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Brain
May 21, 2001

Dear Doctors, I think I have a problem and I would appreciate your opinion on this. I am 31 years old, white HIV+ woman, time of infection uncertain (at least a couple of years), CD4-850, VL-3700. I have never been on the antiviral medication and am in a more or less good shape (mild neuropathy, frequent headaches, nothing too serious). What bothers me though is a new and rather strange experience with not being able to concentrate on simple actions like descending the stairs (I miss the steps), carrying more than three pieces, leaving the keys in a keyhole outside my house when I return home, and so forth. I constantly loose gloves, umbrellas, and other objects. I have never experienced anything of this kind before, it feels like as if my mind is shutting down on me from time to time. I am a professional woman, I travel and have to be 'with it' at all times. I am not stressed or overworked and can focus on my duties at work without any problem. However, it is becoming clear that I need to concentrate as much as I can on everything else I do. I am scared of not being able to function properly as I get a feeling my brain is playing tricks on me way too often. So, I guess the question is: what is it? Could it be serious? Shall I talk to my doctor about it sooner rather than later? Should I take any tests? It is getting to the point that I get way to stressed when I leave my house because I know I can loose my keys, forget to close the door, etc. Please advise what would be the best way to deal with it. Many thanks.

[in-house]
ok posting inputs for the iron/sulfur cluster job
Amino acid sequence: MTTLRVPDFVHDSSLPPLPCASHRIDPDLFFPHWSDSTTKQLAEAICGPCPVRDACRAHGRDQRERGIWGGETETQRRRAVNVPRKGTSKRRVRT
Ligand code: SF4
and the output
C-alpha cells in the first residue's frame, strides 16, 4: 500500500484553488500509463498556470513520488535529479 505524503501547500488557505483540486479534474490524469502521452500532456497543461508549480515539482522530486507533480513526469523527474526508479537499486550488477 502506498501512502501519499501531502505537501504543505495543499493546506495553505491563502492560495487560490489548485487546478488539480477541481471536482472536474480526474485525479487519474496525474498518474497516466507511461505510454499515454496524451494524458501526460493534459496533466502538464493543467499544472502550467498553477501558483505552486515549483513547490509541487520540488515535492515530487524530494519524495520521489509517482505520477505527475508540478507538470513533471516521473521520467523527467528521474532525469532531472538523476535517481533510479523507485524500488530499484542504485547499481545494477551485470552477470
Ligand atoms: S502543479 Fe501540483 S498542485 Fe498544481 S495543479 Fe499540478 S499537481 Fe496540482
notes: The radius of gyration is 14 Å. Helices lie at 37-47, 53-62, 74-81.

Response from Dr. Feinberg

If these problems are truly not related to stress, then I suspect that your HIV disease has progressed and that your symptoms indicate HIV encephalopathy (also termed HIV dementia). I don't know what is deterring your from taking HIV medications, but in my opinion, now is probably the time to start. These symptoms usually respond beautifully to combination anti-HIV therapy. You asked about tests-- there are 2 different tests that can verify this diagnosis: one is a CAT or MRI scan of the brain, which may show some shrinkage of gray matter, and the other is a battery of neuropsychological tests that can explore memory, etc. But most of the time, the tests are unnecessary, because a working diagnosis can be made from your description of your problems and simple things that can be done by your doctor in the office. No matter how the diagnosis is made, the remedy is antiretrovirals. With your viral load and T cells, it should be easy for you to succeed with HIV therapy, and you could probably be treated with a simple regimen of 2-4 pills a day. See your doctor soon and get this resolved-- don't put it off. Good luck!


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